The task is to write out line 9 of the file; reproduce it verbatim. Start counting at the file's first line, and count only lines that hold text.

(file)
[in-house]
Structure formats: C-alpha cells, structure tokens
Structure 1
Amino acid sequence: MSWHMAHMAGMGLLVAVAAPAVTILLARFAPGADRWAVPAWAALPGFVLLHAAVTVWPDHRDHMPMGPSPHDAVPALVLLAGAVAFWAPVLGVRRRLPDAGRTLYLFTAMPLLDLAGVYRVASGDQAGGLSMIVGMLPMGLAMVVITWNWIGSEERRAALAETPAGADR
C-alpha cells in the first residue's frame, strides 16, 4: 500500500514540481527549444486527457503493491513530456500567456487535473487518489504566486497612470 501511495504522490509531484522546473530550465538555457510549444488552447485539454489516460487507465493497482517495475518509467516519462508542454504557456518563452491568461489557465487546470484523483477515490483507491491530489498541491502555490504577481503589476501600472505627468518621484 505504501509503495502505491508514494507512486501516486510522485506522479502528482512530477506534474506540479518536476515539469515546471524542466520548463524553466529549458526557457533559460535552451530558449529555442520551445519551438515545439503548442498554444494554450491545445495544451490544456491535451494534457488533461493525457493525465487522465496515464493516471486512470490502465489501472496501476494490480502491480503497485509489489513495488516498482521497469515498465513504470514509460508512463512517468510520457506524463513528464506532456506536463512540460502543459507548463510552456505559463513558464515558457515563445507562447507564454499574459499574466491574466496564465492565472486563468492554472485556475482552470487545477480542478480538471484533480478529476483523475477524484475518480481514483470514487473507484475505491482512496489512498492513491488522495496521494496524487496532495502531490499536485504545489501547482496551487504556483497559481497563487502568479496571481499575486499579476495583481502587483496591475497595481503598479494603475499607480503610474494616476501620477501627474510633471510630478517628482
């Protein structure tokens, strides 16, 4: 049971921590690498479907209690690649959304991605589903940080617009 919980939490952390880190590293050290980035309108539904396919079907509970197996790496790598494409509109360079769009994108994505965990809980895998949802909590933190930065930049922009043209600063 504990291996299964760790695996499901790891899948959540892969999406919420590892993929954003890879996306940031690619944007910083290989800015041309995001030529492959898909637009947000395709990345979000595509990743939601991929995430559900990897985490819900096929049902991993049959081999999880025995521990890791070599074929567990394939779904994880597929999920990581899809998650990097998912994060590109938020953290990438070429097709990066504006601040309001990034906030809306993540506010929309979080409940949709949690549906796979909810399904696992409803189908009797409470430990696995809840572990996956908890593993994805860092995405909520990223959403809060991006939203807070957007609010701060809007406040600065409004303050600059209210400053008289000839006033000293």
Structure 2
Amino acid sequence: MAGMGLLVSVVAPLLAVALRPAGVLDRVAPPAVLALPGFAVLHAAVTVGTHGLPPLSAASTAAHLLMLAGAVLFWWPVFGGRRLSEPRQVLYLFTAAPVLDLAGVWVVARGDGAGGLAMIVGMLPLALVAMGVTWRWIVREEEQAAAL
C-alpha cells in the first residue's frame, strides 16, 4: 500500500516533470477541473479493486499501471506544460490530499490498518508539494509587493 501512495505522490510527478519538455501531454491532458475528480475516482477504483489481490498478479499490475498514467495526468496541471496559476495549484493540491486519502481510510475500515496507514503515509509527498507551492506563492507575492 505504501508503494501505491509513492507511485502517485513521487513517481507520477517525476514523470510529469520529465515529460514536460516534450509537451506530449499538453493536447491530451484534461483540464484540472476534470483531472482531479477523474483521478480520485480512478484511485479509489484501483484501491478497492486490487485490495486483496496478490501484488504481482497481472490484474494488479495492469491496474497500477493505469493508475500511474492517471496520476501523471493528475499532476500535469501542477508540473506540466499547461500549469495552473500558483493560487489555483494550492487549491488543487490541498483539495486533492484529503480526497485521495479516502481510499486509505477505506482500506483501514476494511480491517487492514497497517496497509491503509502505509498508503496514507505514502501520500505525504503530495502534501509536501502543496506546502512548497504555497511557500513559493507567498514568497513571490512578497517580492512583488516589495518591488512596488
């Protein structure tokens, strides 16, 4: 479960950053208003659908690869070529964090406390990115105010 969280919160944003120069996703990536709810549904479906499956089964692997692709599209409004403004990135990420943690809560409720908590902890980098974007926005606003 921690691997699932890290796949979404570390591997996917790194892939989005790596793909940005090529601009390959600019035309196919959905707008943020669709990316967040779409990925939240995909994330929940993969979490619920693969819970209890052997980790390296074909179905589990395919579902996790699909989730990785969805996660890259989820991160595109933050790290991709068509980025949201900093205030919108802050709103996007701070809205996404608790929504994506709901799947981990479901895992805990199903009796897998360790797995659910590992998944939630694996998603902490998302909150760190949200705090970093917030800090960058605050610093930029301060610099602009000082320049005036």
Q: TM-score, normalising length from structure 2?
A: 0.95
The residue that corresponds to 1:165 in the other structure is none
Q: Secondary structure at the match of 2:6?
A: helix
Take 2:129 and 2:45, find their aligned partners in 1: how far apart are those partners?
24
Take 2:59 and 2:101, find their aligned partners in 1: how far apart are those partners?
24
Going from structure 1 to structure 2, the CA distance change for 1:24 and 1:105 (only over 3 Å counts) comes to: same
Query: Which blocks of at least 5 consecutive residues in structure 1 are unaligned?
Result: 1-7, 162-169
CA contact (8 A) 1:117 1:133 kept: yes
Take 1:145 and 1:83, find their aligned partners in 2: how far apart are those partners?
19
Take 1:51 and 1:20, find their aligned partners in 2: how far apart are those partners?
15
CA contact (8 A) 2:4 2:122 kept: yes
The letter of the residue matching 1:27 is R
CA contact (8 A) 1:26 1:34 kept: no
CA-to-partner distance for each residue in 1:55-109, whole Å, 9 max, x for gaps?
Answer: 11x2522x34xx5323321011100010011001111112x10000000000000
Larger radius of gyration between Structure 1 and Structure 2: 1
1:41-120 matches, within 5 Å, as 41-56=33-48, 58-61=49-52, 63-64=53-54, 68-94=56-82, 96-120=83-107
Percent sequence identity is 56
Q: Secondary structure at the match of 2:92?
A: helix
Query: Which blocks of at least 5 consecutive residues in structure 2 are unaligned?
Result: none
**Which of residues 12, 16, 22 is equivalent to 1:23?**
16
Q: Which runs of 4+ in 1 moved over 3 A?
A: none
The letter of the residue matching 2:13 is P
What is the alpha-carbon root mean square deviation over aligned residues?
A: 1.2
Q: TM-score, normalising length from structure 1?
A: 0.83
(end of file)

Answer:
C-alpha cells in the first residue's frame, strides 16, 4: 500500500516533470477541473479493486499501471506544460490530499490498518508539494509587493 501512495505522490510527478519538455501531454491532458475528480475516482477504483489481490498478479499490475498514467495526468496541471496559476495549484493540491486519502481510510475500515496507514503515509509527498507551492506563492507575492 505504501508503494501505491509513492507511485502517485513521487513517481507520477517525476514523470510529469520529465515529460514536460516534450509537451506530449499538453493536447491530451484534461483540464484540472476534470483531472482531479477523474483521478480520485480512478484511485479509489484501483484501491478497492486490487485490495486483496496478490501484488504481482497481472490484474494488479495492469491496474497500477493505469493508475500511474492517471496520476501523471493528475499532476500535469501542477508540473506540466499547461500549469495552473500558483493560487489555483494550492487549491488543487490541498483539495486533492484529503480526497485521495479516502481510499486509505477505506482500506483501514476494511480491517487492514497497517496497509491503509502505509498508503496514507505514502501520500505525504503530495502534501509536501502543496506546502512548497504555497511557500513559493507567498514568497513571490512578497517580492512583488516589495518591488512596488